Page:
http://ptsdusa.org/ They have a great quiz to see if you may have PTSD.
http://www.azptsd.org/ There are some great self-help tips.
http://www.giftfromwithin.org/html/psa.html Articles and more information about PTSD.
http://www.loveourvets.org/ Great site for Vets and Families.
Don’t forget that if you are a Veteran you can get help apply for VA Benefits in your state by finding a specialist: http://www.longtermcarelink.net/a7veteransbenefitsspecialist.htm
Written by Valerie Michel Buck
When people lose someone they care about, they might cope with it by speaking to the person as if they are still alive. But when does this coping mechanism turn from loneliness to a form of dementia? When does the desire for companionship turn from imagination to an untrue reality?
Dementia is a condition that affects not only the person losing their memory but also the family around them. It can range from not knowing which medications to take to forgetting that their spouse is no longer alive or not being able to recall the names of their children. Recent studies by the University Medical Centre in Amsterdam show that feeling lonely can be considered a major risk factor for dementia.
According to Dr. Jalling Jan Holwerda, “Individuals with feelings of loneliness remained 1.64 times more likely to develop clinical dementia than persons who did not feel lonely.”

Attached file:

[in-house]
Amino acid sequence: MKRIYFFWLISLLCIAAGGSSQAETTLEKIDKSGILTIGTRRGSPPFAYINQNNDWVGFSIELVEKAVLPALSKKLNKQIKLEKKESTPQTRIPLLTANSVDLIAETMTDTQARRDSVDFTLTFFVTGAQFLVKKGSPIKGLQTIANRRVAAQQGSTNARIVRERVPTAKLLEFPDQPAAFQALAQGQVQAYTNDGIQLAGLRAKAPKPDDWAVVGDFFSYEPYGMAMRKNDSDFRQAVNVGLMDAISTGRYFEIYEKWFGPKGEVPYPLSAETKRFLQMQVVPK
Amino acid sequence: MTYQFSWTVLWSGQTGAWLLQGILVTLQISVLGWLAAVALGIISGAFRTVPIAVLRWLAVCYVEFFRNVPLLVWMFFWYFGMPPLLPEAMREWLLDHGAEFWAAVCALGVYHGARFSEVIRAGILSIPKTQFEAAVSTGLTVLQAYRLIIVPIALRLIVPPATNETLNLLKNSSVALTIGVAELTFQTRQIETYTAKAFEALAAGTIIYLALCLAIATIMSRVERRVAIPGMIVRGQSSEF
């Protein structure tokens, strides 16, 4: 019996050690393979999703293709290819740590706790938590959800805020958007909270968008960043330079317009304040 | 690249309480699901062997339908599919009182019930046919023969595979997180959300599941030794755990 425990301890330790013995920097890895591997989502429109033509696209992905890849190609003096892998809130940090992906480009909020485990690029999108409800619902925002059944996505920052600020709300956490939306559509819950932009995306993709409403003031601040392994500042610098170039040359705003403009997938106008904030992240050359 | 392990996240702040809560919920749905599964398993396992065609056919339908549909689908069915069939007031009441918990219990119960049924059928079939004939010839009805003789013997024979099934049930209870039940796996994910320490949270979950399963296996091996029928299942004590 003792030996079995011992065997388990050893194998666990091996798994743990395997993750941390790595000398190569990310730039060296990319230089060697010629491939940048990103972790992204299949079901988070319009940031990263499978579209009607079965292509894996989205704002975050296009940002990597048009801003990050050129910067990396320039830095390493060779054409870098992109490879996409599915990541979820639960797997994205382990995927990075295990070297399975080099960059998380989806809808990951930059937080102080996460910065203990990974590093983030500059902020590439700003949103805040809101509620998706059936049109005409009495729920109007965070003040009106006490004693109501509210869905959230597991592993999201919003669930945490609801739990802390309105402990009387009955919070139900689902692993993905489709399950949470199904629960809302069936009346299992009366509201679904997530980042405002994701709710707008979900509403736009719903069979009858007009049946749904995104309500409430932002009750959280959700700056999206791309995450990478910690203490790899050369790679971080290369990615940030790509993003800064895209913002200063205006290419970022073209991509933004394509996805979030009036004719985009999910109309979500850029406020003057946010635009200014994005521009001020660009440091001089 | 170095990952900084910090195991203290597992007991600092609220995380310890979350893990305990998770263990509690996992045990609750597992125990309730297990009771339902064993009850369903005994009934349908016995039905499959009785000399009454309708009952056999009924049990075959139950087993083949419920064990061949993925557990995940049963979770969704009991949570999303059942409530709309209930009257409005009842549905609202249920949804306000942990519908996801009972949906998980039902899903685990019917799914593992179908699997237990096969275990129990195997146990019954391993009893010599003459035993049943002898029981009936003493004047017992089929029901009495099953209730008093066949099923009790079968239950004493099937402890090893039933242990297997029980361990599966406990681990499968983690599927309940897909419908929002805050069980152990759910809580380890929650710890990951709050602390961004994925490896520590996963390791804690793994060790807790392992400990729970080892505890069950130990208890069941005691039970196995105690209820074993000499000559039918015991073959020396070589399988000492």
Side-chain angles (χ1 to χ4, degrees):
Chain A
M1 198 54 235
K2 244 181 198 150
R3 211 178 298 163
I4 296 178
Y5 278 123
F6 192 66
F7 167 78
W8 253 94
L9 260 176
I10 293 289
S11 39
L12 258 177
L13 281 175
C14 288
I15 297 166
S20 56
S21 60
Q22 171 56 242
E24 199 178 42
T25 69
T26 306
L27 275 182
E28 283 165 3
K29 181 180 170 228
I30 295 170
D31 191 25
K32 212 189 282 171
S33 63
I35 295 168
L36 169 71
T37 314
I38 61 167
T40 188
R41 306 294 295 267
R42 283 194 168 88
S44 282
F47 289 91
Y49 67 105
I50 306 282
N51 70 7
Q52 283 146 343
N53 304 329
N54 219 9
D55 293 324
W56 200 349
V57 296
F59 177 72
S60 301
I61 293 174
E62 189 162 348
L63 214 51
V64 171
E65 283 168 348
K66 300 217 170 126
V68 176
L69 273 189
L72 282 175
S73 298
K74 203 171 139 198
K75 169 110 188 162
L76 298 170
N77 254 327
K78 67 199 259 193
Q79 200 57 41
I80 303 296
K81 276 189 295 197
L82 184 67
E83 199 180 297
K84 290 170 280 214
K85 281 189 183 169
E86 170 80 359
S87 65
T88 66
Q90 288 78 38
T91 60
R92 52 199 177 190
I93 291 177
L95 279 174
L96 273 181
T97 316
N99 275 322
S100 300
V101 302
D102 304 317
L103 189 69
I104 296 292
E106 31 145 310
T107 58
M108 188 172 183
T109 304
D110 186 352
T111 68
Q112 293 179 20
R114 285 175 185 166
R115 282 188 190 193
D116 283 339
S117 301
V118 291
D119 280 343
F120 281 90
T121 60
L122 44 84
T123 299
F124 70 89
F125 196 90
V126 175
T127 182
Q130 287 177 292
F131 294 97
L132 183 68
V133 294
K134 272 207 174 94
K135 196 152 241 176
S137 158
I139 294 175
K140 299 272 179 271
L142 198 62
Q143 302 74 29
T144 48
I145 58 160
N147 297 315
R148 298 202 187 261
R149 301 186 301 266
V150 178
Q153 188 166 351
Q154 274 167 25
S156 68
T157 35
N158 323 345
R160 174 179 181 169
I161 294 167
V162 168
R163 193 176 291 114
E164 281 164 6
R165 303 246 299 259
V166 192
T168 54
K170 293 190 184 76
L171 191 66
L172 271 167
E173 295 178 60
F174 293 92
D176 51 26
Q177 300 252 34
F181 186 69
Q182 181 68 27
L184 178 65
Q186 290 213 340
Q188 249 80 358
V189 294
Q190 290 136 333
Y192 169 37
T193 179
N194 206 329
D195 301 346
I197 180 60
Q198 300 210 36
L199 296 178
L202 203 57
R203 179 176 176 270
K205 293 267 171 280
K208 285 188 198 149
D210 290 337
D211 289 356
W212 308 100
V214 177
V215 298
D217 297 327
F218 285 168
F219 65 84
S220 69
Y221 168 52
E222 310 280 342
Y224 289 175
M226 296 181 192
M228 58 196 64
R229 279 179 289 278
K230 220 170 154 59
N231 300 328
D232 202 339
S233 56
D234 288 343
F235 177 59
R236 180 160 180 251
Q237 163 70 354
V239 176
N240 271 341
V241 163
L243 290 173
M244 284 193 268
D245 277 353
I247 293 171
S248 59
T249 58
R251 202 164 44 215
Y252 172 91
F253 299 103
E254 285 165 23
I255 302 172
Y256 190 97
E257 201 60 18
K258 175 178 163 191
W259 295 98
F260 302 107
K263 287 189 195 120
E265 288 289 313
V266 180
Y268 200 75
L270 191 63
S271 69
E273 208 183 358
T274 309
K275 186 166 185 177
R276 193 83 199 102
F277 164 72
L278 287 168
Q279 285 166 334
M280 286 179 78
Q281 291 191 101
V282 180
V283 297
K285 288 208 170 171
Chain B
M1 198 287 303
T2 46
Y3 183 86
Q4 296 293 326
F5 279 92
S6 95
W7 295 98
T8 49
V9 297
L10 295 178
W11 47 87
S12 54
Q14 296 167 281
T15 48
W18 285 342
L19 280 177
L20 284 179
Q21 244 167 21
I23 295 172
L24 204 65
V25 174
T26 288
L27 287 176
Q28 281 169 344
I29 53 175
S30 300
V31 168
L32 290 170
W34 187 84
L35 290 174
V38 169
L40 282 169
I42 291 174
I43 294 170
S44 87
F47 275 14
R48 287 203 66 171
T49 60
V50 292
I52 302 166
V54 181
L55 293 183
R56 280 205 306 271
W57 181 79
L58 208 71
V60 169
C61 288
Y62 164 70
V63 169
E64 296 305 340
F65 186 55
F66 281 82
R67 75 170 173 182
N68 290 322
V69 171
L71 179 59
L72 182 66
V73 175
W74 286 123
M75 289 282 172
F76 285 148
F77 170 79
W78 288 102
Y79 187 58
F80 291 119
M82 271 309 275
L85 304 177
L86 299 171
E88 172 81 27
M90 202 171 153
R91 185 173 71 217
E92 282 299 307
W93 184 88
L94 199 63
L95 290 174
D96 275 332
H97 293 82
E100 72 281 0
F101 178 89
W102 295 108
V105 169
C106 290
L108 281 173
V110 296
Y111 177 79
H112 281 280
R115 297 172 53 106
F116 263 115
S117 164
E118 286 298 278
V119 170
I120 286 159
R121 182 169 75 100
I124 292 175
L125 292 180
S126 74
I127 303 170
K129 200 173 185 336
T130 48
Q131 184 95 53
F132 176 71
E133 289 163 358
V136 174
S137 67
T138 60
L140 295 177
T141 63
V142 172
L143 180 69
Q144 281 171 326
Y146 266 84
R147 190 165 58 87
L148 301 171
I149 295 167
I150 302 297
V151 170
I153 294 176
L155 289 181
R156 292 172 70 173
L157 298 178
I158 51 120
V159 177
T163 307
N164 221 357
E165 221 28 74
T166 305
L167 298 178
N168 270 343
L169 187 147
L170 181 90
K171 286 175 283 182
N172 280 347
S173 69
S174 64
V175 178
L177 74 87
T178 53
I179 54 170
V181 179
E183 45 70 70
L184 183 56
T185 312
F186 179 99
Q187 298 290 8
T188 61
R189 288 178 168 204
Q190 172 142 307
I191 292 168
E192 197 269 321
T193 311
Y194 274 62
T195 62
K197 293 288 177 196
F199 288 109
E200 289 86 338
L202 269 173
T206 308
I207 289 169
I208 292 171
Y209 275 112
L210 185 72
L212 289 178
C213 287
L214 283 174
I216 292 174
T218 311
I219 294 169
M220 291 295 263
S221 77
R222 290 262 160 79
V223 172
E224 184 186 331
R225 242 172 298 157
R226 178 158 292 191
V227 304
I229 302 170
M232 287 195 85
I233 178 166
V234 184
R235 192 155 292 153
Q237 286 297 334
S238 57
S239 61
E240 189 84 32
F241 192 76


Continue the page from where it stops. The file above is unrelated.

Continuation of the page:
Other studies in the past have spoken to the physical and mental harms of loneliness. Only now these harms are being found to have increasingly more links to dementia. Time Magazine stated: “Indeed a growing body of studies find that loneliness itself can kill, typically by raising blood pressure and increasing risk for heart disease and stroke. High blood pressure is also a risk factor for dementia.”
At the conclusion of the study conducted in Amsterdam in December 2012, they found that, in total, those who reported feeling lonely were 64 percent more likely to develop dementia than those who did not feel that way. The study stressed that the link was between feeling lonely and an increased risk for dementia. Many who participated in the study were part of social groups or lived amongst others. Physically your elderly loved one may not appear lonely or socially secluded but mentally they may still feel isolated.
As a child, you can’t completely blame yourself for your elderly parents’ feelings of loneliness. Certainly make an effort to visit them as much as you can or call them up on the phone. Try to be as much of a presence in their lives as possible, but you still won’t be able to be there one-hundred percent of the time. In order to decrease their risk of dementia you can help to decrease your elderly loved ones’ feelings of loneliness by recognizing the importance of finding a sustainable source of social interaction to keep your loved one emotionally and mentally healthy, even when you can’t be there.